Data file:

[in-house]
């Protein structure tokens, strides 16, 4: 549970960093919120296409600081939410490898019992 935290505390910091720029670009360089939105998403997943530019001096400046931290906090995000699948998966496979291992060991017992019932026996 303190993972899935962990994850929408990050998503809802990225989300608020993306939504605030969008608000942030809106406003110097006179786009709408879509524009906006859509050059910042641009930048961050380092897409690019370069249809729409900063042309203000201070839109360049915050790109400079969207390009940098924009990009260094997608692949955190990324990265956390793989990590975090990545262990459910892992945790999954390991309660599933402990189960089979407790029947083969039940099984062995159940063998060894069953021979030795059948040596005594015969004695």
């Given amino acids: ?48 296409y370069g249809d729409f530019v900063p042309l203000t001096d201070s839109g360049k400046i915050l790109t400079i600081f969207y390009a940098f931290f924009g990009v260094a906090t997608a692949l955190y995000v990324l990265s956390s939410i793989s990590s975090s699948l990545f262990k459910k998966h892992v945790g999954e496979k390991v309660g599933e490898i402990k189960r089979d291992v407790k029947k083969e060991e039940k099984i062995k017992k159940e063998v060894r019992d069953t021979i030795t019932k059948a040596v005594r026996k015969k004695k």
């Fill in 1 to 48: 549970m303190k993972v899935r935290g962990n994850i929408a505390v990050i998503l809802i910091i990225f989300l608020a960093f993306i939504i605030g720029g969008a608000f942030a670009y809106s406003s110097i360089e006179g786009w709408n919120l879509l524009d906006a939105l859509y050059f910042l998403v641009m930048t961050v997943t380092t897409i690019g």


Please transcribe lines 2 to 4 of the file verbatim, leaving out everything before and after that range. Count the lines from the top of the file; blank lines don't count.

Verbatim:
């Protein structure tokens, strides 16, 4: 549970960093919120296409600081939410490898019992 935290505390910091720029670009360089939105998403997943530019001096400046931290906090995000699948998966496979291992060991017992019932026996 303190993972899935962990994850929408990050998503809802990225989300608020993306939504605030969008608000942030809106406003110097006179786009709408879509524009906006859509050059910042641009930048961050380092897409690019370069249809729409900063042309203000201070839109360049915050790109400079969207390009940098924009990009260094997608692949955190990324990265956390793989990590975090990545262990459910892992945790999954390991309660599933402990189960089979407790029947083969039940099984062995159940063998060894069953021979030795059948040596005594015969004695």
């Given amino acids: ?48 296409y370069g249809d729409f530019v900063p042309l203000t001096d201070s839109g360049k400046i915050l790109t400079i600081f969207y390009a940098f931290f924009g990009v260094a906090t997608a692949l955190y995000v990324l990265s956390s939410i793989s990590s975090s699948l990545f262990k459910k998966h892992v945790g999954e496979k390991v309660g599933e490898i402990k189960r089979d291992v407790k029947k083969e060991e039940k099984i062995k017992k159940e063998v060894r019992d069953t021979i030795t019932k059948a040596v005594r026996k015969k004695k």
């Fill in 1 to 48: 549970m303190k993972v899935r935290g962990n994850i929408a505390v990050i998503l809802i910091i990225f989300l608020a960093f993306i939504i605030g720029g969008a608000f942030a670009y809106s406003s110097i360089e006179g786009w709408n919120l879509l524009d906006a939105l859509y050059f910042l998403v641009m930048t961050v997943t380092t897409i690019g």